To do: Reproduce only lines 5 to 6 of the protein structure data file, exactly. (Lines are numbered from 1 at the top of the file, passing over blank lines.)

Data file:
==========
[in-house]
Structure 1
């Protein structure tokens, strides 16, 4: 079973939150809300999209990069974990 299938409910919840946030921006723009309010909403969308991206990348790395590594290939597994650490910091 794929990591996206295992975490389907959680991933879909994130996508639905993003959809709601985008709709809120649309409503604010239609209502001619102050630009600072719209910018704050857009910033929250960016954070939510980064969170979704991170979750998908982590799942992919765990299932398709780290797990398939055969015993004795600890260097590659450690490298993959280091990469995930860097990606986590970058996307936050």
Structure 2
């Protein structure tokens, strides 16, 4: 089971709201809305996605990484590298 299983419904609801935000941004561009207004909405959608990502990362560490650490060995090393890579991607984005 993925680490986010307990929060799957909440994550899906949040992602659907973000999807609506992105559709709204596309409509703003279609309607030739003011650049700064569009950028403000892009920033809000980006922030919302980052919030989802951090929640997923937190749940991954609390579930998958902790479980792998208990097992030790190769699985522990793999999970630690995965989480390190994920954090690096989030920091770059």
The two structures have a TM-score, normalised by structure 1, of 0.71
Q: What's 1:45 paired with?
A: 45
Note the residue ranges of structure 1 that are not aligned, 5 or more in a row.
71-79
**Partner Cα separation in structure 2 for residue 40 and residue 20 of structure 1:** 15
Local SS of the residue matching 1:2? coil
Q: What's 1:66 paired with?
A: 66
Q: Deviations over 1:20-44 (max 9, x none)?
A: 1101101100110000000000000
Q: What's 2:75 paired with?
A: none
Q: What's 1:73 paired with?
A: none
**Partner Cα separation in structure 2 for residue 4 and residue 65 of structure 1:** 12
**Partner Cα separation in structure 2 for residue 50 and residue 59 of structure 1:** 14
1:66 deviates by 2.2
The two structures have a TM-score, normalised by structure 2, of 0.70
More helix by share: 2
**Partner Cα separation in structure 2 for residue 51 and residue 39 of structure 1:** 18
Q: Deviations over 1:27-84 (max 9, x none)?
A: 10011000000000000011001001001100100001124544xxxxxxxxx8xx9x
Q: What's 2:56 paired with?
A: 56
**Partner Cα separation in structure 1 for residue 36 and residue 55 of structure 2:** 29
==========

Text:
């Protein structure tokens, strides 16, 4: 089971709201809305996605990484590298 299983419904609801935000941004561009207004909405959608990502990362560490650490060995090393890579991607984005 993925680490986010307990929060799957909440994550899906949040992602659907973000999807609506992105559709709204596309409509703003279609309607030739003011650049700064569009950028403000892009920033809000980006922030919302980052919030989802951090929640997923937190749940991954609390579930998958902790479980792998208990097992030790190769699985522990793999999970630690995965989480390190994920954090690096989030920091770059």
The two structures have a TM-score, normalised by structure 1, of 0.71